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Here’s Why We Should Talk About Mamie Till-Mobley More Often

Here’s Why We Should Talk About Mamie Till-Mobley More Often

It’s been two decades since her passing.

 Mamie Till-Mobley was born Mamie Elizabeth Carthan on November 23, 1921 near Webb, Mississippi, reports. Her parents planned to leave the South, heading to Argo, Illinois near Chicago when she was still a toddler. She was the only child of John and Alma Carthan, John finding work at the Argo Corn Products Refining Company before Alma joined him in Illinois with two-year-old Mamie. She had a good life, and the family settled in a predominantly Black neighborhood where Till-Mobley was encouraged to focus on her education. 

At the age of 13, her parents divorced; she stayed focused on school and became the first Black student to make the A-Honor Roll and the fourth Black student to graduate from her predominantly white high school.

“In my day, the girls had one ambition -- to get married. Very few kids finished high school,” Till-Mobley once recalled.

Her mother, a devout member of the fundamentalist Church of God in Christ, was strict with Till-Mobley and kept her on the straight and narrow. Till-Mobley once recalled not being able to hang out with friends often and being forced to give a detailed account of her whereabouts when not in school. That’s why she began to look forward to summers in Mississippi when she would visit relatives and let her hair down. 

Here’s why we should talk about Mamie Till-Mobley more often. Photo Courtesy of RFK Human Rights

When she was 18, she met Louis Till, a fellow worker at the Argo Corn Company. An amateur boxer and charismatic man, the two fell for each other despite her parents' disapproval. On October 14, 1940, the couple married at just 18 years old. Nine months later, they had their only child, Emmett Louis Till, aka “Bobo.” The child was a joy and, despite a stint with polio at the age of five that left him with a mild stutter, he was completely healthy. However, Emmett never knew his father, the elder Till being shipped out to Europe as an Army private when he was still a baby. Till-Mobley and Till would later separate in 1942 and three years later, she received a letter from the Department of Defense notifying her that he was killed in Italy due to “willful misconduct.” No further details were given.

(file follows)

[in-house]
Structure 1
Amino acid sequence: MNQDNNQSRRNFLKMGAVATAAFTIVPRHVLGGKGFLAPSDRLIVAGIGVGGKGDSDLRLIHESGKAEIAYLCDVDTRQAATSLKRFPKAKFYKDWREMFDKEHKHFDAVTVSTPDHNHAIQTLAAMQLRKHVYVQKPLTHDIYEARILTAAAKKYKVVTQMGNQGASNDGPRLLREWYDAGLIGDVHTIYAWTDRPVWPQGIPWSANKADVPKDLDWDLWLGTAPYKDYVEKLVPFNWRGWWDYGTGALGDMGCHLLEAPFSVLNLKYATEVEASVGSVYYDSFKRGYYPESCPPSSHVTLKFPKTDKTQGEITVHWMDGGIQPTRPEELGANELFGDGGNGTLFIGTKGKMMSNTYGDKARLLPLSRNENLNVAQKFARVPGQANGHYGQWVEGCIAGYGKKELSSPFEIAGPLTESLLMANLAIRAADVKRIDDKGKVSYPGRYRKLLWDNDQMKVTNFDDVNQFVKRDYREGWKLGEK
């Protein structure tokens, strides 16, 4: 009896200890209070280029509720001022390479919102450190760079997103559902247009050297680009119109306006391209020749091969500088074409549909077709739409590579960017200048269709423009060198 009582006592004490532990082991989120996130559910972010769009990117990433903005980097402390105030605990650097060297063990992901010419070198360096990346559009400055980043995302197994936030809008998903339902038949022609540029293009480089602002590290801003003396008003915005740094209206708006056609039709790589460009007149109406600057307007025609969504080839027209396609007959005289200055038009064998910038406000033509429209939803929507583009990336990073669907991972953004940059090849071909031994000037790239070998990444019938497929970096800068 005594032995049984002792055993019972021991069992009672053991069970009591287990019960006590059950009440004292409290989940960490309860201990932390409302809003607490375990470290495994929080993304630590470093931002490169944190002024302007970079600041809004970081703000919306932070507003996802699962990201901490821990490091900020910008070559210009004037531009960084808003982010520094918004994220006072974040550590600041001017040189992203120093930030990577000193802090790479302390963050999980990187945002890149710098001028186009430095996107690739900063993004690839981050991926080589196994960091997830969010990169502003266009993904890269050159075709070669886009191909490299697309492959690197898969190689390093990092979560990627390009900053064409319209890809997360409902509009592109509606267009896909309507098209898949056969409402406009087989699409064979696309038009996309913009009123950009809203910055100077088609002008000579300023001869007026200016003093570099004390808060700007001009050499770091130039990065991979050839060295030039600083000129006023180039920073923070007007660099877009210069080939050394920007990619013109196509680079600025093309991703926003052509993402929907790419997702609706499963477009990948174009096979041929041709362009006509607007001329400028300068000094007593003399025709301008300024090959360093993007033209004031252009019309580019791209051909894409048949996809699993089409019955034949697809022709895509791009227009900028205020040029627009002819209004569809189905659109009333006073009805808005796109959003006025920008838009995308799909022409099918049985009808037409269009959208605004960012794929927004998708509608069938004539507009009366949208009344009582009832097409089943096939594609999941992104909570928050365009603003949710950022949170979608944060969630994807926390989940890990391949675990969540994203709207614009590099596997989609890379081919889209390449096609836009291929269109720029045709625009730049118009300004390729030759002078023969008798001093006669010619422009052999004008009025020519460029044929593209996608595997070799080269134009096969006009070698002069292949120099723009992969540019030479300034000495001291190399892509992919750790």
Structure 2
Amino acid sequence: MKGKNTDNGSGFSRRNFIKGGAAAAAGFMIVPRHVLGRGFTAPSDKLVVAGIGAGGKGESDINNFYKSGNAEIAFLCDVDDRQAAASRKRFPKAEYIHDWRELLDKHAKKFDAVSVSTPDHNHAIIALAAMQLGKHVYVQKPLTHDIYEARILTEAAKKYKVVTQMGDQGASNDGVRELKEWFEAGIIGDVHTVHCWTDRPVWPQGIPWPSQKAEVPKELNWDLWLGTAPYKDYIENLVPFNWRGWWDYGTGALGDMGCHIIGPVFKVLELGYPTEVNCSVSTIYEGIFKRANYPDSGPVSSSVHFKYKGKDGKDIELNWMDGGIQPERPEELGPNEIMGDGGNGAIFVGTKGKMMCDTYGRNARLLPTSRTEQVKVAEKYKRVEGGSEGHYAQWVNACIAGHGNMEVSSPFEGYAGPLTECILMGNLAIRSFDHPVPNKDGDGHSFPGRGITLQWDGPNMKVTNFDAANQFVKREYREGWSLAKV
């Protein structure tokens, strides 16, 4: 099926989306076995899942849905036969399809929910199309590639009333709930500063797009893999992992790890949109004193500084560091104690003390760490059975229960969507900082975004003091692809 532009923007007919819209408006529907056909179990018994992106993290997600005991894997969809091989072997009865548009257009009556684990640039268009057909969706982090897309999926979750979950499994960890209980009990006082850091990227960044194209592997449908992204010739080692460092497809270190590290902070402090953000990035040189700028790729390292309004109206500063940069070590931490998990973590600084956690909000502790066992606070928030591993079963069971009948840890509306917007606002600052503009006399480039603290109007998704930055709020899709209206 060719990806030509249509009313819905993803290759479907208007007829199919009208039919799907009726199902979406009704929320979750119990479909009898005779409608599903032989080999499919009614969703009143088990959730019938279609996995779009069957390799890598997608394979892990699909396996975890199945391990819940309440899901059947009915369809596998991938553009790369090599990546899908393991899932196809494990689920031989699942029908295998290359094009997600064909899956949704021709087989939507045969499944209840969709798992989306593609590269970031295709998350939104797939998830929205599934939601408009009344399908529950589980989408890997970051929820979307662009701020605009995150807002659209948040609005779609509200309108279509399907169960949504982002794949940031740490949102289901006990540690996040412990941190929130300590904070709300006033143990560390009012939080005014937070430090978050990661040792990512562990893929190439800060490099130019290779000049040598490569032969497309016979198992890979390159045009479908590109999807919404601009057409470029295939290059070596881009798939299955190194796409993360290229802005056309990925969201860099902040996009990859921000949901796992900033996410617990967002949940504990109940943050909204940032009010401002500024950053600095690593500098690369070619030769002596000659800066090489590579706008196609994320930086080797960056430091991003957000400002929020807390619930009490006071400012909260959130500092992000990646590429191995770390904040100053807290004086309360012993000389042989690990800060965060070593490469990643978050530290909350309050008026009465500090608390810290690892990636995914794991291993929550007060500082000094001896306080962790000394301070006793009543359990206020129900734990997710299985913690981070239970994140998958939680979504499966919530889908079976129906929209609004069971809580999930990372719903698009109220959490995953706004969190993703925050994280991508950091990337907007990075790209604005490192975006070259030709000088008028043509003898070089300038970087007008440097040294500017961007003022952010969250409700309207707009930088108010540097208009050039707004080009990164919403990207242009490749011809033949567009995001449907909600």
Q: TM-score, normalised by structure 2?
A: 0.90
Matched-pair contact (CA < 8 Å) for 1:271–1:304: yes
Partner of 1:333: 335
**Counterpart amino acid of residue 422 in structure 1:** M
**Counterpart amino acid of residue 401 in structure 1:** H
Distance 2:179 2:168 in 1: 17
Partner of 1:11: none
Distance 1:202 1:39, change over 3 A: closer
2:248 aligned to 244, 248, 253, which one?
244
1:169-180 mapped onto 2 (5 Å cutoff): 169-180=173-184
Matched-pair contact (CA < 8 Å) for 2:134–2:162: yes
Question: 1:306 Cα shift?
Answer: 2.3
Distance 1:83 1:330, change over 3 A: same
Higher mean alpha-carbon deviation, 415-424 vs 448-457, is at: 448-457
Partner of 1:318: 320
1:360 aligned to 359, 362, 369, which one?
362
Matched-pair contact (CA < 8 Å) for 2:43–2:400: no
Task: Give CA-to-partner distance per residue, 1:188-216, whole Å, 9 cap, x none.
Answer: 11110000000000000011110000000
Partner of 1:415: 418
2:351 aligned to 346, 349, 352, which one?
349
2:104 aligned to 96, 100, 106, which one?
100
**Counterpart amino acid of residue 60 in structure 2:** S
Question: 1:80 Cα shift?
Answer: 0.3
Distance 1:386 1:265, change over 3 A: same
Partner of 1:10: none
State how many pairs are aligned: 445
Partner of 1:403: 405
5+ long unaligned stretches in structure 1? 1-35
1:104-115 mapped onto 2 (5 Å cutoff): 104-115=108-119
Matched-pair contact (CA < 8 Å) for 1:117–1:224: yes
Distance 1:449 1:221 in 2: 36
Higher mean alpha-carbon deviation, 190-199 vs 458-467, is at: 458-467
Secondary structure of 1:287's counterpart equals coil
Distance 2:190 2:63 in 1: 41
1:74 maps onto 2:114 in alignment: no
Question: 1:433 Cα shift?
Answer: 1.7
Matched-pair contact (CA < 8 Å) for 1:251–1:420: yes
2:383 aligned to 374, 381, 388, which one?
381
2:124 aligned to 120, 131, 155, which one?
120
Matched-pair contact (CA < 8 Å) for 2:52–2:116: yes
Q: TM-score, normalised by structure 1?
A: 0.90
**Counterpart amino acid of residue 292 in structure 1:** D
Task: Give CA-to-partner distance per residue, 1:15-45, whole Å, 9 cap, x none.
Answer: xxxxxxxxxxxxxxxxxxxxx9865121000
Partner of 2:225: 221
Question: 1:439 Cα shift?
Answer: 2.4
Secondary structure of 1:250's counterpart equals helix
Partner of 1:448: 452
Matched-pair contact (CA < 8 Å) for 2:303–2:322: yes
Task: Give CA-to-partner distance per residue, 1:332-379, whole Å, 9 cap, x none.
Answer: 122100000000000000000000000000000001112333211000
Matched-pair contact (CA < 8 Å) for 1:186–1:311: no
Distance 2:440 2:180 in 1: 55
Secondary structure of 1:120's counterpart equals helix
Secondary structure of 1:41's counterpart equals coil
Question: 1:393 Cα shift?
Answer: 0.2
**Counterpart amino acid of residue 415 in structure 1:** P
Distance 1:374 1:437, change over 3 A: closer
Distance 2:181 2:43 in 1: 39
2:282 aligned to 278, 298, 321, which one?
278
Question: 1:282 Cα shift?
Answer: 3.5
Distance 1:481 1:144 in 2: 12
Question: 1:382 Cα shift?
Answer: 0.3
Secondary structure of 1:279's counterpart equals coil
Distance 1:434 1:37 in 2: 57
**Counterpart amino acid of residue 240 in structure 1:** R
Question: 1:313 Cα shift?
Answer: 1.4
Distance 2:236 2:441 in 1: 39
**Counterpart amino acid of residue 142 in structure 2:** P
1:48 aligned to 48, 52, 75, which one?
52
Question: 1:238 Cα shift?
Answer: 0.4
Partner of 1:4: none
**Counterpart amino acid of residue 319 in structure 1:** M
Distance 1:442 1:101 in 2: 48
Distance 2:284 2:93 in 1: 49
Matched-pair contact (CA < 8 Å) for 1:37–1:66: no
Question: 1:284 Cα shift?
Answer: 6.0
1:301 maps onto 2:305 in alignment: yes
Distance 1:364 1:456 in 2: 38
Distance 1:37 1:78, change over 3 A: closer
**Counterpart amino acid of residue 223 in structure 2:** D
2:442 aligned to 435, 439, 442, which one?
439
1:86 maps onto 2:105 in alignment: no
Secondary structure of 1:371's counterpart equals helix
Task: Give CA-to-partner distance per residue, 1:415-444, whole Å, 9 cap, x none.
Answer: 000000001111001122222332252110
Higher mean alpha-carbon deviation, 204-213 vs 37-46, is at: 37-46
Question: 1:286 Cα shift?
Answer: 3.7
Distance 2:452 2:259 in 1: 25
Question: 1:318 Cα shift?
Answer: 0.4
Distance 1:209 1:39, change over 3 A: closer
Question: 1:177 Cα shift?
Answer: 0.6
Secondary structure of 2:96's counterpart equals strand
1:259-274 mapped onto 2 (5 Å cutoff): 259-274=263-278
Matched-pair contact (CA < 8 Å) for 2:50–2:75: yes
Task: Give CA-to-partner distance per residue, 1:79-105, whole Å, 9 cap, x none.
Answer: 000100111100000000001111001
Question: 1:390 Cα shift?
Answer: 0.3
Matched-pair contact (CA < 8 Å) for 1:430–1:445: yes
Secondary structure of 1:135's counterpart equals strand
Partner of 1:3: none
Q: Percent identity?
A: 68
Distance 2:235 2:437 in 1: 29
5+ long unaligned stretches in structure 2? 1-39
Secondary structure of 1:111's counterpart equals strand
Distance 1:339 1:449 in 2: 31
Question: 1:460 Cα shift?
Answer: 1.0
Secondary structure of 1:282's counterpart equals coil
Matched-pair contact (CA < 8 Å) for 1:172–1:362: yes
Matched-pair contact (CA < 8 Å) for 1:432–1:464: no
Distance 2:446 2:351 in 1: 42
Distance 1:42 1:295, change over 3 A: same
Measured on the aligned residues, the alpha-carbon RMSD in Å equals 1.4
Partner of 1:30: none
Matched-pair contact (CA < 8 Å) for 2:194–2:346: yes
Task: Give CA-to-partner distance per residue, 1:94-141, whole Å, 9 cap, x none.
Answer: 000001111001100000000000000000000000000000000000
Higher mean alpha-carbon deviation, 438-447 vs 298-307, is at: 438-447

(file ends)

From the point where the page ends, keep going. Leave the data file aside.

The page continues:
In the 1950s, Till-Mobley moved with Emmett to the South Side of Chicago after both her parents moved from Argo and remarried, her mother to Chicago and father to Detroit. Till-Mobley also remarried, this time to Gene “Pink” Bradley, but the marriage only lasted two years. In 1955, Till-Mobley decided she would take a vacation to Nebraska to visit relatives. While she wanted her son to join her, Emmett insisted on spending his last bit of summer in Mississippi with relatives, a sentiment Till-Mobley understood from her days as a child.



While she was hesitant and cautious because of the pervasive racism in the South, she eventually agreed and allowed young Emmett to travel to Mississippi. Little did she know, it was the last time she would see her only child alive.

Emmett was brutally murdered after being falsely accused of inappropriate conduct with a white woman by the name of Carolyn Bryant. On August 28th, Bryant’s husband Roy and his half-brother J.W. kidnapped Emmett from the home of Moses Wright, murdering and disfiguring him then dumping his body in the Tallahatchie River. He was found days later, his body only identifiable by an initialed ring that had belonged to his father, Louis Till. It was then that Mamie Till-Mobley was thrust into the national spotlight and became a symbol for all mothers of the struggle.